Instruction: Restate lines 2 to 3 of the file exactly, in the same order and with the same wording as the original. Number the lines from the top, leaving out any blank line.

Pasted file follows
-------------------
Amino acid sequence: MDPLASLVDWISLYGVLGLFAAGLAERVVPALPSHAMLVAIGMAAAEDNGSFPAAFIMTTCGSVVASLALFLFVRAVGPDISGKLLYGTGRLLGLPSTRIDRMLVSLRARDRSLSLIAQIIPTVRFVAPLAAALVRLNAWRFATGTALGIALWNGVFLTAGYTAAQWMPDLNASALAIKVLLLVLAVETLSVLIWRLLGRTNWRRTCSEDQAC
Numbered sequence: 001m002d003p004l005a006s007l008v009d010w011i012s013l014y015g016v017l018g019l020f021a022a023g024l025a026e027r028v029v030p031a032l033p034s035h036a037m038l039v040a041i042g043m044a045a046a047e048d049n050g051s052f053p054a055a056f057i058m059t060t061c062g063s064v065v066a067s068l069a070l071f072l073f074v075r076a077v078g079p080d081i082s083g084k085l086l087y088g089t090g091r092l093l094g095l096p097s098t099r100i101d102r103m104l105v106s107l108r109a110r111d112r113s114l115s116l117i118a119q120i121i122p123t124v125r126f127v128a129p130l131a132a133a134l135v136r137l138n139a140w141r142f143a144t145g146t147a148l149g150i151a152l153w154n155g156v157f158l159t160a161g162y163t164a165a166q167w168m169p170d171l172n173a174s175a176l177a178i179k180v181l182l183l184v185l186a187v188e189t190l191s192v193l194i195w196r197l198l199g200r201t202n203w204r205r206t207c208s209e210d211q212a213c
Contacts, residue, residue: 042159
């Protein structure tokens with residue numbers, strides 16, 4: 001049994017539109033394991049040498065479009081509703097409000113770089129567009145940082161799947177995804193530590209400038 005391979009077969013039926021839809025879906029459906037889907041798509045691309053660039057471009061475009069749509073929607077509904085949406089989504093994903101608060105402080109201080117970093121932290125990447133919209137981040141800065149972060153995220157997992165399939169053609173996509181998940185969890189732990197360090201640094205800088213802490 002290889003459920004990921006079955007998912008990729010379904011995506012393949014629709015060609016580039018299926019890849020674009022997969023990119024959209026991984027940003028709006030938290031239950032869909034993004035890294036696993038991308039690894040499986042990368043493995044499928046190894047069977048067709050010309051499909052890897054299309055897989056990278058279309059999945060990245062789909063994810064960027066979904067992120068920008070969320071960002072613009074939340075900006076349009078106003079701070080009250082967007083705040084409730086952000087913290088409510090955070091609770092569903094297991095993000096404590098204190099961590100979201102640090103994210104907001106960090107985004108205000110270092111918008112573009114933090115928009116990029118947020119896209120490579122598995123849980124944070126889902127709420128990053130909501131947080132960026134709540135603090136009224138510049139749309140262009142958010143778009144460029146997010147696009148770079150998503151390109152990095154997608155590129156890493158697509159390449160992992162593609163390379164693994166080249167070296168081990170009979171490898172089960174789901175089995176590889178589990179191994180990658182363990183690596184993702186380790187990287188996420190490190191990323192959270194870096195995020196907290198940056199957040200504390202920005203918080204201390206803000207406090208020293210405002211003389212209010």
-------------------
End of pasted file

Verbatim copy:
Numbered sequence: 001m002d003p004l005a006s007l008v009d010w011i012s013l014y015g016v017l018g019l020f021a022a023g024l025a026e027r028v029v030p031a032l033p034s035h036a037m038l039v040a041i042g043m044a045a046a047e048d049n050g051s052f053p054a055a056f057i058m059t060t061c062g063s064v065v066a067s068l069a070l071f072l073f074v075r076a077v078g079p080d081i082s083g084k085l086l087y088g089t090g091r092l093l094g095l096p097s098t099r100i101d102r103m104l105v106s107l108r109a110r111d112r113s114l115s116l117i118a119q120i121i122p123t124v125r126f127v128a129p130l131a132a133a134l135v136r137l138n139a140w141r142f143a144t145g146t147a148l149g150i151a152l153w154n155g156v157f158l159t160a161g162y163t164a165a166q167w168m169p170d171l172n173a174s175a176l177a178i179k180v181l182l183l184v185l186a187v188e189t190l191s192v193l194i195w196r197l198l199g200r201t202n203w204r205r206t207c208s209e210d211q212a213c
Contacts, residue, residue: 042159